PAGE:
An article in USA Today on Politics stated “that officials who provided overall cost estimates did so on condition of anonymity”. Another statement by Representative Virginia Foxx from North Carolina reported her saying that people have more to fear from Democratic health care legislation than from terrorists. House Republican Leader, John Boehner of Ohio, said at a news conference, “Our goal is to make it as difficult as possible for Democrats to pass it. “ [Hugo:  First, in reference to the USA Today article, cost estimates released by anonymous officials do not sound noteworthy.  The as-real-as-it-gets numbers will come from the CBO.  But as we’ve seen, they do preliminary assessments based on conceptual legislation and they do full analyses based on actual legislative language.  Secondly, I agree with both quotes you provided above. At this moment I fear health care reform more than terrorists.  And from what I hear, there is nothing stopping the Democrats theoretically from passing a bill without any Republican support.  In a similar position of lacking authority as those opposed in Congress, I want to make it difficult as well.] How can this kind of rhetoric not cause FUD? At independently sponsored telephone poll results indicated that a true majority support the Democratic proposal; albeit they are not super majorities., a project of the Annenberg Public Policy Center of the University of Pennsylvania found twenty-six lies and many misleading statements being reported about H.R. 3200. There were an estimated 46 million uninsured according to the 2007 Census and it is believed that number is higher now. [Hugo:  May I offer a reread of my letter to Congress, where I make the distinction between ‘instantaneous’ uninsured and the ever-insured, the latter being the purported component that makes the necessity of such large-scale reform urgently required. ] These uninsured use the Emergency Room (ER) at hospitals now because they cannot be turned away under a 1986 federal law. Doesn’t that suggest they are using the ER for routine care? [Hugo:  No, I don’t think so.   I don’t think you can show up at the ER and demand that you get weighed, have your cholesterol checked, and receive an anal exam.  I don’t know for sure, however.] The current bill being espoused by House Democrats may not be the bill you or I agree should be legislated into law [Hugo: My understanding of what’s been promised with the legislation:  a) keep your current plan if you like it;  b) expand coverage to 20 to 35 million people; c) no tax increase;  d) no increase to national debt; and e) no change in quality of care.  That is a mighty combination of goals.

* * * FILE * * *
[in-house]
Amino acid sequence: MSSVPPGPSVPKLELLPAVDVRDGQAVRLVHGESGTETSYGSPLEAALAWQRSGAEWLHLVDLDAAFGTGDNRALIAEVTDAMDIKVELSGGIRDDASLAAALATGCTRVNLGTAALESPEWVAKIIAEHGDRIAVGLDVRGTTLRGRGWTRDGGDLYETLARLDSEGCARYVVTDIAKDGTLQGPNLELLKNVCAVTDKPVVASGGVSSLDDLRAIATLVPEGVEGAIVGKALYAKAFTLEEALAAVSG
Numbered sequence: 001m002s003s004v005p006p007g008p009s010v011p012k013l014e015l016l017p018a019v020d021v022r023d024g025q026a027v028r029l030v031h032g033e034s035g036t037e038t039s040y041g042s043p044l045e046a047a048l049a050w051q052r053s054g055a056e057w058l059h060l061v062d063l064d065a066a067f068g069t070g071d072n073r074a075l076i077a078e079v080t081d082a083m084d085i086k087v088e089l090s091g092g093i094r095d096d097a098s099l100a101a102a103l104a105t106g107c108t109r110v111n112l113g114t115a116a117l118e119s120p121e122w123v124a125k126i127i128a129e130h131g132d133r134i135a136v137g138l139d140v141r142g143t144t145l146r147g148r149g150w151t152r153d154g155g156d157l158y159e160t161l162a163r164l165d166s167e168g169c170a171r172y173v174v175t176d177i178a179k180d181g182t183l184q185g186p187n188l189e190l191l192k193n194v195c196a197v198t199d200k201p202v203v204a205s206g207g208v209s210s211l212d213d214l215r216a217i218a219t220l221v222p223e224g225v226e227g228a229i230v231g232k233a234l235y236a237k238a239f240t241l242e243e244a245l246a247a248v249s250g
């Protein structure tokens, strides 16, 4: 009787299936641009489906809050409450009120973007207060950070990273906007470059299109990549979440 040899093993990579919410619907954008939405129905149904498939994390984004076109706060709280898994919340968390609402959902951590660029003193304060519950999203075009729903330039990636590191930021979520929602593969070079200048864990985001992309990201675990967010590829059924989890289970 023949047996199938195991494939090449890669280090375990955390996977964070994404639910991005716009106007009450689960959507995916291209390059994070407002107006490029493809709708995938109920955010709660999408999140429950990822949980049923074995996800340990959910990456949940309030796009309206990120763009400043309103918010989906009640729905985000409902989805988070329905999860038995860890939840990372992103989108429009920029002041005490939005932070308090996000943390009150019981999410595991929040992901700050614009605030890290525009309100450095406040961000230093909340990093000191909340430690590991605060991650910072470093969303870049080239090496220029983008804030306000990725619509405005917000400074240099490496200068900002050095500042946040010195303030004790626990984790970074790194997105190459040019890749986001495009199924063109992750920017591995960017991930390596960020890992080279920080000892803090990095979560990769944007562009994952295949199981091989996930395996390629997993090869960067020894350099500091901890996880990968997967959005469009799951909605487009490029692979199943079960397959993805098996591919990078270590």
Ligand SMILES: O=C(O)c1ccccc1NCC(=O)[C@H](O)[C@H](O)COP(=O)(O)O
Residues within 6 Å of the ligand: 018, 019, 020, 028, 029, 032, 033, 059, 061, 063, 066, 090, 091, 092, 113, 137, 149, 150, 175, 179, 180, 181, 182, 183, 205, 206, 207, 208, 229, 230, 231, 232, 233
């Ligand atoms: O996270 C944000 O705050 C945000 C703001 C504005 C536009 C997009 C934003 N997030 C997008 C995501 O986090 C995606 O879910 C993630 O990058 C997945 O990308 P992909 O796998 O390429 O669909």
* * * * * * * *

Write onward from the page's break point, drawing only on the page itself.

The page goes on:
If, as a nation, we are going to take a stab at near-utopian health care, we had better have a real good plan, have considered all feasible alternatives, have a plan to verify to what degree the recommended solution worked, a plan to adjust along the way, and have a clear understanding on how things will look if the plan does not go as thought.  These are basic steps to problem solving that are not dismissed as conveniently as they’ve been here when considering things of much less importance and scope. ] , but certainly we can agree that reform of the current health care system needs altering because it is unsustainable in its current condition.